1Department of Medicine, Northeast Ohio Medical University, Rootstown, OH, USA2Division of Infectious Diseases, Cleveland Clinic Akron General, Akron, OH, USA3Department of Research, Cleveland Clinic Akron General, Akron, OH, USA4Department of Medicine, Boonshoft School of Medicine, Wright State University, Dayton, OH, USA5University Hospitals Cleveland Medical Center, Cleveland, OH, USA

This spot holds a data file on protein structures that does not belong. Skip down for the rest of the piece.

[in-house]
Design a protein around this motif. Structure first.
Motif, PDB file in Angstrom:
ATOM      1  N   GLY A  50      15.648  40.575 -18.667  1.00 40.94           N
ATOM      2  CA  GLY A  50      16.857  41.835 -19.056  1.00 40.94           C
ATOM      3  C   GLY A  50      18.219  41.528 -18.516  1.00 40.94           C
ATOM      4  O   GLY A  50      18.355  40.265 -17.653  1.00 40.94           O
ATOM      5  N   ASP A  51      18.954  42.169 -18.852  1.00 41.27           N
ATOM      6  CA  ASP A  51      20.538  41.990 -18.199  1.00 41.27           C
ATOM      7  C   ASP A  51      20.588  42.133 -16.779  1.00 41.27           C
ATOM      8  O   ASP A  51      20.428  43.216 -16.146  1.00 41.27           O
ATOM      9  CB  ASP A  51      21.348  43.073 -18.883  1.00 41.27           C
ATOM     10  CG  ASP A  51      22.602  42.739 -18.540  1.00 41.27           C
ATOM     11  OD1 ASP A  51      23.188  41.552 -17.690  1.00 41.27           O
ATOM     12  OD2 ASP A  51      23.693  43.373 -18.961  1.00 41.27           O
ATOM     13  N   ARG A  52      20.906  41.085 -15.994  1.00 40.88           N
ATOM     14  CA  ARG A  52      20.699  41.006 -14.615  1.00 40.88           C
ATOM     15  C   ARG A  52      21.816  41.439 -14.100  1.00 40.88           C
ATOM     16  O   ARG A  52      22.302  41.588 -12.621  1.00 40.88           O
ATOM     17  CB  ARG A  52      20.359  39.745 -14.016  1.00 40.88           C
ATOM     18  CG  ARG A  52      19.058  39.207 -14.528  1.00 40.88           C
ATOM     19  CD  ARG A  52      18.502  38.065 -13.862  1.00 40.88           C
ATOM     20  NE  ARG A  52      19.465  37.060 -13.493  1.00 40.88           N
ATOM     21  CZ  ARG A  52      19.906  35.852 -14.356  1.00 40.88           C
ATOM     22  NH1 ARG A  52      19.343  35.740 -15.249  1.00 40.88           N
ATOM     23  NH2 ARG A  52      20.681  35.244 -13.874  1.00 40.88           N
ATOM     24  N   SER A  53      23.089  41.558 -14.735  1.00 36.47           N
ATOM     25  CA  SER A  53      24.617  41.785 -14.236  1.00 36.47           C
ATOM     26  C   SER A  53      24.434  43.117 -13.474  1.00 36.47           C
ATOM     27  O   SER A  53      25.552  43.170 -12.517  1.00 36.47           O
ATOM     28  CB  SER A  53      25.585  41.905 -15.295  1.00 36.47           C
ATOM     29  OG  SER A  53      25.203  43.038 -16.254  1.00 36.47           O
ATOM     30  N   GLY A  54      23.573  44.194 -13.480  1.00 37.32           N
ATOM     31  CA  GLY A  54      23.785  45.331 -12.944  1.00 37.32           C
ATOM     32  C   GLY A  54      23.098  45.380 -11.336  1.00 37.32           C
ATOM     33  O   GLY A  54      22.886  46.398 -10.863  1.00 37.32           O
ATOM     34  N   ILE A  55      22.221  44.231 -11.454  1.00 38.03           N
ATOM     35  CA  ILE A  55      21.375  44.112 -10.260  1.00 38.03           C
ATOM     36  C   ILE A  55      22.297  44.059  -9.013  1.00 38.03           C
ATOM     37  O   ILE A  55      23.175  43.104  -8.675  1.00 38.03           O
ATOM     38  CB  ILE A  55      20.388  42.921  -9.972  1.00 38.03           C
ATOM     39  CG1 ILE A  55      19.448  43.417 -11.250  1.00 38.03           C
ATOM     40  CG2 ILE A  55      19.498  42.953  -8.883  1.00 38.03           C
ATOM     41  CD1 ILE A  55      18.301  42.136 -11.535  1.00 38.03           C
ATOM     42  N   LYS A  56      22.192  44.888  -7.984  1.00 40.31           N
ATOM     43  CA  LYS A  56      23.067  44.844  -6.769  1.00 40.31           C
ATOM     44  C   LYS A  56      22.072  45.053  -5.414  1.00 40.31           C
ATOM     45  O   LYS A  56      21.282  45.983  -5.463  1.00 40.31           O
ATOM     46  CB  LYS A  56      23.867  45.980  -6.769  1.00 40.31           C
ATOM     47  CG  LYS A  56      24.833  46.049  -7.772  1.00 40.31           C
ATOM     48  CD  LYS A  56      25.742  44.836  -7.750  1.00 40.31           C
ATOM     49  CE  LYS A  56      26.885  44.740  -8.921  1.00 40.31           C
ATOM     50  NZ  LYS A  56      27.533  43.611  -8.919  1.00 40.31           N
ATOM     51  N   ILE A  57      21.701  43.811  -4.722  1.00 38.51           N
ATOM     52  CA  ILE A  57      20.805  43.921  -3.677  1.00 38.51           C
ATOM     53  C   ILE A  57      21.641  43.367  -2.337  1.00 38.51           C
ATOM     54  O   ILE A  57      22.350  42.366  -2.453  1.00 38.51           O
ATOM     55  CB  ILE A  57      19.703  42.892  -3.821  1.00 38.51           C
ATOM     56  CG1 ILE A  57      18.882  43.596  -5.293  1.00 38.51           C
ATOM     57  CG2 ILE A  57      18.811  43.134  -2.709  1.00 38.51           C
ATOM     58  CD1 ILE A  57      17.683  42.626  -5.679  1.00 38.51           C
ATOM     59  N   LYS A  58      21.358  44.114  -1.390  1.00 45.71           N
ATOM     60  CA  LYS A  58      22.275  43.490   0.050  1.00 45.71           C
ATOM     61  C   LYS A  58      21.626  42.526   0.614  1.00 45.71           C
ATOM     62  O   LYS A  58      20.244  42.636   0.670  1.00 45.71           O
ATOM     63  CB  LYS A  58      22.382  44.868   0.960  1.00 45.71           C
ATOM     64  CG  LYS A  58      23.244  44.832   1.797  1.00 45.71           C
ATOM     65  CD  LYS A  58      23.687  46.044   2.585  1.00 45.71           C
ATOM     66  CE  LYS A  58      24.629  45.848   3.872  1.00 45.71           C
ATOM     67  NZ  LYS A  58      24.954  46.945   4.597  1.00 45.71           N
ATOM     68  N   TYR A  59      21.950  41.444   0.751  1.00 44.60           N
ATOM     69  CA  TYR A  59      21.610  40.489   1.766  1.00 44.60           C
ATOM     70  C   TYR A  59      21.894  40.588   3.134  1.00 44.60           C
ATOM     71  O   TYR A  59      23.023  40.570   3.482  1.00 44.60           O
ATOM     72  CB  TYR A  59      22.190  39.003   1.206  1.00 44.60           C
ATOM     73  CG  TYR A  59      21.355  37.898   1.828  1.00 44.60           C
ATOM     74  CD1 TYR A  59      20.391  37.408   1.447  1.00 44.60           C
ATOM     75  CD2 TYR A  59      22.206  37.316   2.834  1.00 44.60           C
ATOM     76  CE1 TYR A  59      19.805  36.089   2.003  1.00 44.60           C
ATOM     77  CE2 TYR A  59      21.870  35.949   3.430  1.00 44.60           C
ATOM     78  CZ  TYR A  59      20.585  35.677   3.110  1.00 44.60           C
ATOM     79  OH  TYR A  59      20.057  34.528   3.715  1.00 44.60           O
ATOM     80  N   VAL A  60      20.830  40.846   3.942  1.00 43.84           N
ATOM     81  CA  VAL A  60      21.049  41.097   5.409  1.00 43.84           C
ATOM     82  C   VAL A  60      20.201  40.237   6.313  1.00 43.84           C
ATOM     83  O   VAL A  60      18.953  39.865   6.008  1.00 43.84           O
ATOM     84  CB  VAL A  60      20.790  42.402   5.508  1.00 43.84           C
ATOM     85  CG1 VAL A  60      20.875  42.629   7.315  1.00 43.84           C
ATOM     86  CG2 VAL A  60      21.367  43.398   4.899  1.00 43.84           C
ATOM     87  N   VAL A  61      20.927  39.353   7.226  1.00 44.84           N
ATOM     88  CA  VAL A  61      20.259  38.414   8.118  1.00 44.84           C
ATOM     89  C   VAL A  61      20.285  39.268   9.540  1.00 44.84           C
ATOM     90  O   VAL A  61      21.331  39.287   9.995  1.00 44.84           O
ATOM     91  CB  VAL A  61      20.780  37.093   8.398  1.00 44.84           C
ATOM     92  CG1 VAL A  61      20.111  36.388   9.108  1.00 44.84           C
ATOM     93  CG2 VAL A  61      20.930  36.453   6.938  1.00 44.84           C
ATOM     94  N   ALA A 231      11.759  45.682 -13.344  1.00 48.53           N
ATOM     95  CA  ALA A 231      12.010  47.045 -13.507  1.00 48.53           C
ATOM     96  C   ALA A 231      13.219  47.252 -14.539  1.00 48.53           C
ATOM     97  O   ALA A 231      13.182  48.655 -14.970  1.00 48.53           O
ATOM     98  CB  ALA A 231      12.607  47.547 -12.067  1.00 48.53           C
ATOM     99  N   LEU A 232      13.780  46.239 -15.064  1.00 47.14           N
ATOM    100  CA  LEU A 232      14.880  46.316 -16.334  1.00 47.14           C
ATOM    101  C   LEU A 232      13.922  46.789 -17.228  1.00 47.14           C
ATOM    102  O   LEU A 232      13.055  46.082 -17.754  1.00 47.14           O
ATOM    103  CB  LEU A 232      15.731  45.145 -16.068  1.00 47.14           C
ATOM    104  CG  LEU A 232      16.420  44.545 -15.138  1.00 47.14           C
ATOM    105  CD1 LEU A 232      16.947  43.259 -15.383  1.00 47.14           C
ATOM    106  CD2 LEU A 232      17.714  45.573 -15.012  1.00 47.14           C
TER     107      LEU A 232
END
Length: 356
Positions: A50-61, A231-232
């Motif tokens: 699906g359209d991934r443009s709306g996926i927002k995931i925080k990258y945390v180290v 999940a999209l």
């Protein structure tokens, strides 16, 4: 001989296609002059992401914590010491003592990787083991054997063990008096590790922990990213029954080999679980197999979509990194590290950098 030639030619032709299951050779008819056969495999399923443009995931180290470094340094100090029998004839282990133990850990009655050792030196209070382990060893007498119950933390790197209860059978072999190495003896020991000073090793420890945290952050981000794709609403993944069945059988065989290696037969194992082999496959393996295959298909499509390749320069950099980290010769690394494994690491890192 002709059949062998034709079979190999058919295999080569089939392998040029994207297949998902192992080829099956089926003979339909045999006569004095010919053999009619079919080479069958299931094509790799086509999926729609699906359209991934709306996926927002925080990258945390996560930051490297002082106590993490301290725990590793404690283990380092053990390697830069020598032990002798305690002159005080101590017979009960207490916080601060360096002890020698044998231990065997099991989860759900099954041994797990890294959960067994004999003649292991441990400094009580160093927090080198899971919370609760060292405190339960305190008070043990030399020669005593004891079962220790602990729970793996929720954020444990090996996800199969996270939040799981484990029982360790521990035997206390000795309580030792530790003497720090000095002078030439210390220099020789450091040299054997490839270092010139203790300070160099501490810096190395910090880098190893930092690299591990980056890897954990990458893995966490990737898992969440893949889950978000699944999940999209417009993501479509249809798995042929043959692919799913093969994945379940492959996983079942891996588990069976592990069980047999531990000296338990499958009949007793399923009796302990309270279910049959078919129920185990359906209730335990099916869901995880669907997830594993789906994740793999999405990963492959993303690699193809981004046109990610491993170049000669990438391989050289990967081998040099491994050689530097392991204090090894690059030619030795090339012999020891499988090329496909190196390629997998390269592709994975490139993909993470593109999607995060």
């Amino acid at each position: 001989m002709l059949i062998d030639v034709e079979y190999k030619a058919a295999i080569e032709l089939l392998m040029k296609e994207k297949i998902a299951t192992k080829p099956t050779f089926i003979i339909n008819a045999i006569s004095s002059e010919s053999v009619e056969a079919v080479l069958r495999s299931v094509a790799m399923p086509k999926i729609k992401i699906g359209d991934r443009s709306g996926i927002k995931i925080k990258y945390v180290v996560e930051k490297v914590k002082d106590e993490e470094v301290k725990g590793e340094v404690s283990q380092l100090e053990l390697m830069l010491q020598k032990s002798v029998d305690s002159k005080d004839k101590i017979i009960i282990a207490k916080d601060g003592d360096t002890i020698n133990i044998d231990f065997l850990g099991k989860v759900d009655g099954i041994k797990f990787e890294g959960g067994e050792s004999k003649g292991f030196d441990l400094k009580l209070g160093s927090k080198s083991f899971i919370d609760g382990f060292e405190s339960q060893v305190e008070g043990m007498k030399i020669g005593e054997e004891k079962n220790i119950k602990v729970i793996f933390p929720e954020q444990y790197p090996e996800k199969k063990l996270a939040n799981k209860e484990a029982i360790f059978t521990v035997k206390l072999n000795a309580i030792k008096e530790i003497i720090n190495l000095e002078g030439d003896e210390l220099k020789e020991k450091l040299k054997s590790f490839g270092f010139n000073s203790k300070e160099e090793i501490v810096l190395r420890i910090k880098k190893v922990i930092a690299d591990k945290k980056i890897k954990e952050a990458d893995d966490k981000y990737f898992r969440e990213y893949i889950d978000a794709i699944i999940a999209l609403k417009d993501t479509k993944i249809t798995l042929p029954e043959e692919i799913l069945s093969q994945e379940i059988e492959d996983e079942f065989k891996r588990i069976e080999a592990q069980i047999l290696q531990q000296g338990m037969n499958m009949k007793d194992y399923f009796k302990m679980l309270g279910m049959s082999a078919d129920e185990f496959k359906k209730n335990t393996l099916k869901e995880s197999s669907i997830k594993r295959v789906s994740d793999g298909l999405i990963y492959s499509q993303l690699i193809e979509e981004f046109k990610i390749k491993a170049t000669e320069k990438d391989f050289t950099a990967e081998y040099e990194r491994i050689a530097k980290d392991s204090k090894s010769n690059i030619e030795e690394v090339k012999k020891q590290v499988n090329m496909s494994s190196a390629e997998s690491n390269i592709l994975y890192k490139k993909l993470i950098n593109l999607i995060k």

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Background:We aimed to assess the knowledge, attitudes, and perceptions of resident physicians regarding sepsis in general and the Surviving Sepsis Campaign Guidelines in particular.Methods:After institutional review board approval, we surveyed internal medicine (IM) and emergency medicine (EM) house staff from 3 separate institutions. House staff were notified of the survey via e-mail from their residency director or chief resident. The survey was Internet-based (using http://www.surveymonkey.com), voluntary, and anonymous. The Surviving Sepsis Campaign Guidelines were used to develop the survey. The survey was open between December 2015 and April 2016. No incentives for participation were given. Reminder e-mails were sent approximately every 3 to 4 weeks to all eligible participants. Comparisons of responses were evaluated using the N-1 2-proportion test.Results:A total of 133 responses were received. These included 84 from IM house staff, 27 from EM house staff, and 22 who selected “other.” Eighty (101/126) percent reported managing at least 1 patient with sepsis in the preceding 30 days, 85% (97/114) rated their knowledge of the Surviving Sepsis Guidelines as “very familiar” or at least “somewhat familiar,” and 84% (91/108) believed their training in the diagnosis and management of sepsis was “excellent” or at least “good.” However, 43% (47/108) reported not receiving any feedback on their treatment of patients with sepsis in the last 30 days, while 24% (26/108) received feedback once. Both IM and EM house staff received comparable rates of feedback (62% vs 48%, respectively; P = .21). For the 3 questions that directly tested knowledge of the guidelines, the scores of the IM and EM house staff were similar. Notably, <20% of both groups correctly identified diagnostic criteria for sepsis.Conclusion:Additional education of IM and EM house staff on the Surviving Sepsis Campaign Guidelines is warranted, along with more consistent feedback regarding their diagnosis and management of sepsis.